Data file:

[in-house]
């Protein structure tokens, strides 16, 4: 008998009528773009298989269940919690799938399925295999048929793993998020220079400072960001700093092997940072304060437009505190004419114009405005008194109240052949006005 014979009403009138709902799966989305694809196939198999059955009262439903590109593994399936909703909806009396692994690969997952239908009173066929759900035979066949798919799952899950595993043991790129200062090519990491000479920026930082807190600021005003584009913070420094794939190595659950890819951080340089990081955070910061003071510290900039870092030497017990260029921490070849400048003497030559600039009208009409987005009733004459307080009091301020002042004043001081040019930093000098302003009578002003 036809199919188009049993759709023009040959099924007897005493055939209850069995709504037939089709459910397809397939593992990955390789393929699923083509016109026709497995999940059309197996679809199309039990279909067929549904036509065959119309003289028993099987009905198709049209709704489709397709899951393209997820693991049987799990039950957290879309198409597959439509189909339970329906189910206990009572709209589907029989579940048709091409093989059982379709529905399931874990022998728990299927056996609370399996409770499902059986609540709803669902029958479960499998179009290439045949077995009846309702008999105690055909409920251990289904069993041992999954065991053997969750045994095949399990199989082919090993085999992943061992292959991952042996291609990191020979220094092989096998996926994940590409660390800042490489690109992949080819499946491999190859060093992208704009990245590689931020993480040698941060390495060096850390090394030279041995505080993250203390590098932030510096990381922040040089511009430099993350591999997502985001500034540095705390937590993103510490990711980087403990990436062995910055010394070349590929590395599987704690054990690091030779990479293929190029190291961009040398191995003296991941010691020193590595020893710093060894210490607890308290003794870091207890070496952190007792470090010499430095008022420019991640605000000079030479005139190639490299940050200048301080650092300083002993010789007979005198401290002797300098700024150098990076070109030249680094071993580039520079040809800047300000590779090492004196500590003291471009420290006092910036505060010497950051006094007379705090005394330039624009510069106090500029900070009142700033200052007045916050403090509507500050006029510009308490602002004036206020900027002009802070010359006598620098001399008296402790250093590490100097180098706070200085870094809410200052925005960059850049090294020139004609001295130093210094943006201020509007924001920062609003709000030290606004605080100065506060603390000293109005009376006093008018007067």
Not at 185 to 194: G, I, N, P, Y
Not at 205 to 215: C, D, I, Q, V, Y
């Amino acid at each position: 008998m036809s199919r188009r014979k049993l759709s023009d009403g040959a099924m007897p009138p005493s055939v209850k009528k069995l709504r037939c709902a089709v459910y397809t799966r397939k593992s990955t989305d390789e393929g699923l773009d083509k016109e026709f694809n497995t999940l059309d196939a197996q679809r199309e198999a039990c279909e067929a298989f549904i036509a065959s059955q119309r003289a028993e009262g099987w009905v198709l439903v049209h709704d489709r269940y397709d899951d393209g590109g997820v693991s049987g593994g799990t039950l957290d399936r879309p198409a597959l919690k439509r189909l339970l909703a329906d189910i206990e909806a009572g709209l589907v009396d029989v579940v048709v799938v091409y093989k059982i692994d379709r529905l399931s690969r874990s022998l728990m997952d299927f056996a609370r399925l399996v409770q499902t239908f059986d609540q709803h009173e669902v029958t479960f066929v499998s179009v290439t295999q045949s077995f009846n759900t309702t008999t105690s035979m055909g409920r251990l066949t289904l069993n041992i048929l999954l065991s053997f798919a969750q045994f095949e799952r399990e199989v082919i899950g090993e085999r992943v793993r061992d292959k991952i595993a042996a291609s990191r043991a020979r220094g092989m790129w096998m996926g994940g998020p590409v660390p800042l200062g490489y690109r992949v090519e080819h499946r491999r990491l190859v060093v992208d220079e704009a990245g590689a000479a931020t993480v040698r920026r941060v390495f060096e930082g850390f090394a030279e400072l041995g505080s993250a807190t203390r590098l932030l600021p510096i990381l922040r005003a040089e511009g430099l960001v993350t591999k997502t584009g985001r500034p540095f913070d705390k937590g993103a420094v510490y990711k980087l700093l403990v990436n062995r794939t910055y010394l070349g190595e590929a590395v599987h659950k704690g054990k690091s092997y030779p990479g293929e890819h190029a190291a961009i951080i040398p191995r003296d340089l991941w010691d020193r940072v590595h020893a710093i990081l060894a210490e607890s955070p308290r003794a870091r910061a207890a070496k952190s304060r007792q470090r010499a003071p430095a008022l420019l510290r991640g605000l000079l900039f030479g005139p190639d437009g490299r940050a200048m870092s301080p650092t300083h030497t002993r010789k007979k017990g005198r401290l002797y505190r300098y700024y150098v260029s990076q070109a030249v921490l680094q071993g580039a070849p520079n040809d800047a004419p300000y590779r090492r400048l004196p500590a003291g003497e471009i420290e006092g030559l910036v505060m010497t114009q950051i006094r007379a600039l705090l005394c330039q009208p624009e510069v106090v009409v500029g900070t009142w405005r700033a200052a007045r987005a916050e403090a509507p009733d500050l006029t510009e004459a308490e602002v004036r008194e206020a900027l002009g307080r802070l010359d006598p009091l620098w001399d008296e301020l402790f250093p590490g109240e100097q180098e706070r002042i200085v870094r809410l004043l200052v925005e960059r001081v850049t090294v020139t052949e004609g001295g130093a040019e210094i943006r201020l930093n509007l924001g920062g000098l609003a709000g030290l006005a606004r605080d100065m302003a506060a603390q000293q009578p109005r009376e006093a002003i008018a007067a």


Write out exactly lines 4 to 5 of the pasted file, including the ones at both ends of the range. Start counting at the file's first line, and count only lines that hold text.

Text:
Not at 205 to 215: C, D, I, Q, V, Y
């Amino acid at each position: 008998m036809s199919r188009r014979k049993l759709s023009d009403g040959a099924m007897p009138p005493s055939v209850k009528k069995l709504r037939c709902a089709v459910y397809t799966r397939k593992s990955t989305d390789e393929g699923l773009d083509k016109e026709f694809n497995t999940l059309d196939a197996q679809r199309e198999a039990c279909e067929a298989f549904i036509a065959s059955q119309r003289a028993e009262g099987w009905v198709l439903v049209h709704d489709r269940y397709d899951d393209g590109g997820v693991s049987g593994g799990t039950l957290d399936r879309p198409a597959l919690k439509r189909l339970l909703a329906d189910i206990e909806a009572g709209l589907v009396d029989v579940v048709v799938v091409y093989k059982i692994d379709r529905l399931s690969r874990s022998l728990m997952d299927f056996a609370r399925l399996v409770q499902t239908f059986d609540q709803h009173e669902v029958t479960f066929v499998s179009v290439t295999q045949s077995f009846n759900t309702t008999t105690s035979m055909g409920r251990l066949t289904l069993n041992i048929l999954l065991s053997f798919a969750q045994f095949e799952r399990e199989v082919i899950g090993e085999r992943v793993r061992d292959k991952i595993a042996a291609s990191r043991a020979r220094g092989m790129w096998m996926g994940g998020p590409v660390p800042l200062g490489y690109r992949v090519e080819h499946r491999r990491l190859v060093v992208d220079e704009a990245g590689a000479a931020t993480v040698r920026r941060v390495f060096e930082g850390f090394a030279e400072l041995g505080s993250a807190t203390r590098l932030l600021p510096i990381l922040r005003a040089e511009g430099l960001v993350t591999k997502t584009g985001r500034p540095f913070d705390k937590g993103a420094v510490y990711k980087l700093l403990v990436n062995r794939t910055y010394l070349g190595e590929a590395v599987h659950k704690g054990k690091s092997y030779p990479g293929e890819h190029a190291a961009i951080i040398p191995r003296d340089l991941w010691d020193r940072v590595h020893a710093i990081l060894a210490e607890s955070p308290r003794a870091r910061a207890a070496k952190s304060r007792q470090r010499a003071p430095a008022l420019l510290r991640g605000l000079l900039f030479g005139p190639d437009g490299r940050a200048m870092s301080p650092t300083h030497t002993r010789k007979k017990g005198r401290l002797y505190r300098y700024y150098v260029s990076q070109a030249v921490l680094q071993g580039a070849p520079n040809d800047a004419p300000y590779r090492r400048l004196p500590a003291g003497e471009i420290e006092g030559l910036v505060m010497t114009q950051i006094r007379a600039l705090l005394c330039q009208p624009e510069v106090v009409v500029g900070t009142w405005r700033a200052a007045r987005a916050e403090a509507p009733d500050l006029t510009e004459a308490e602002v004036r008194e206020a900027l002009g307080r802070l010359d006598p009091l620098w001399d008296e301020l402790f250093p590490g109240e100097q180098e706070r002042i200085v870094r809410l004043l200052v925005e960059r001081v850049t090294v020139t052949e004609g001295g130093a040019e210094i943006r201020l930093n509007l924001g920062g000098l609003a709000g030290l006005a606004r605080d100065m302003a506060a603390q000293q009578p109005r009376e006093a002003i008018a007067a």